Homily for Wednesday, July 2, 2014

Readings for Today

Seek good and not evil.”  “Hate evil and love good.”  St. Thomas Aquinas believed that human beings naturally sought what they perceive to be good. This is because the person of God dwells within each human being. And so St. Thomas Aquinas would believe that the two phrases, “seek good and not evil“, and “hate evil and love good” would be the natural way in which human being should respond.

And yet, after watching the evening news for only a few minutes, we understand that human beings don’t always choose what is good. The first reading acknowledges the reality that human beings sometimes sin. While we do choose what appears to us to be good, it is the case that sometimes what appears to us to be good is not.

Consider Adam and Eve in the garden. The book of Genesis tells us that they observed “the tree was good for food and pleasing to the eyes, and the tree was desirable for gaining wisdom”, and so they ate.  Just as a little kid can be limited in understanding what is good, so too we as human beings can be limited in knowing what is good. Living on candy can be perceived as a good. But such a good short-term. It is only when we consider our choices in a larger context, that we are able to make the distinction between short-term and long-term goods.

So how is it that we “seek good and not evil” or “hate evil and love good“?  Like so many things that come with maturity, the consideration of consequences can be one way for us to understand what is good for us not only for the moment of forever. God acknowledges in the first reading the importance of justice and putting us in right relationship with him.

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We discover what is the true good by seeking to understand how it is that God sees the world. Put simply, it becomes important for us to discern what it is that God wants from us. This begins with the proper use of our reason. As we are told in the book of Deuteronomy, what we are to do does not require us to climb some high mountain or go to some faraway place. No, using our reason to determine the good things looking deep within our hearts to discover what God has put there.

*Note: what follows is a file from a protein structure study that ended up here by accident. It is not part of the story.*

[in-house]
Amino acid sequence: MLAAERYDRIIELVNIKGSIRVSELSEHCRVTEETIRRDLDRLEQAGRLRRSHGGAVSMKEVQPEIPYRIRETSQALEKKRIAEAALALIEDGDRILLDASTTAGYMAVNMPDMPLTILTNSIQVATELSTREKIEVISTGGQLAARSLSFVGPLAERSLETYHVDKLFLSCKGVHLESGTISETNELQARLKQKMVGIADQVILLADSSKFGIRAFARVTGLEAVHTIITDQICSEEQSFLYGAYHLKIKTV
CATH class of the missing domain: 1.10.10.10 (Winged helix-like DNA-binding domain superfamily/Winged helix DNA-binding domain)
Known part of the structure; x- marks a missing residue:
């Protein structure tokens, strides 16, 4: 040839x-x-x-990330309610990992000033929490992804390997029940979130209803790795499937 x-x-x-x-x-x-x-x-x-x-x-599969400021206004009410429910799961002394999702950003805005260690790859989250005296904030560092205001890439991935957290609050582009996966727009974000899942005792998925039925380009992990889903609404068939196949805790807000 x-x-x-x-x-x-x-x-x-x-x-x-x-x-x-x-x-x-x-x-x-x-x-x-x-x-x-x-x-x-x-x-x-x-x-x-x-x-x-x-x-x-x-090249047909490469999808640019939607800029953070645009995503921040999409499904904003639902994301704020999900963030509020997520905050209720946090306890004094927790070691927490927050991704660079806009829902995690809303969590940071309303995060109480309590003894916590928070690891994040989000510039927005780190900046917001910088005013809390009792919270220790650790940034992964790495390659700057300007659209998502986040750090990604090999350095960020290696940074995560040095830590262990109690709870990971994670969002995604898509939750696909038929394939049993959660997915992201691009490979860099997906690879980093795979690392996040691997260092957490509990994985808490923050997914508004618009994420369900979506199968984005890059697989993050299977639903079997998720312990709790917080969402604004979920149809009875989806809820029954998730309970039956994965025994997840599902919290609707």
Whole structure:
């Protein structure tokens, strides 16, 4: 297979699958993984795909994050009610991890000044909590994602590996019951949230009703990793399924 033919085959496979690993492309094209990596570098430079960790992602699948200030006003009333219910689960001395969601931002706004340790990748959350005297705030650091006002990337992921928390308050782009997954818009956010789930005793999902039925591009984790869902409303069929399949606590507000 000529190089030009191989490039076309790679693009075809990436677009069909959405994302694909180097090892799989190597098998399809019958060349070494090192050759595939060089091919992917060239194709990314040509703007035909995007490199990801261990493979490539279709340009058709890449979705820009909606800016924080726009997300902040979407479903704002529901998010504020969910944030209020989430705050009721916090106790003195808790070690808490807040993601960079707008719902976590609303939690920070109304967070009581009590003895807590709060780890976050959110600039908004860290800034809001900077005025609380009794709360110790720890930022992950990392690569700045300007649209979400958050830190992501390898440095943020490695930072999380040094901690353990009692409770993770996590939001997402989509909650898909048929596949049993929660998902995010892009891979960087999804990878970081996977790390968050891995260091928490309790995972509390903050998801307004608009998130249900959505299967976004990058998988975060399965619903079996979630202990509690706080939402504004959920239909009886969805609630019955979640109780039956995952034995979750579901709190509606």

Justice requires us to consider what it is that people deserve. In seeking good,  and loving God, we are called to consider how human beings can live together in justice. What are the basic things that all human beings deserve? How is it that we can live the kingdom of God in our day-to-day lives? What ways of being too we need to adopt so that we can more completely understand and come to know the person of God, albeit in a limited way?

Faith and reason intersect in the Catholic understanding of theology. Today’s readings remind us of the importance of believing in God and thinking about those things that God asks us to do.

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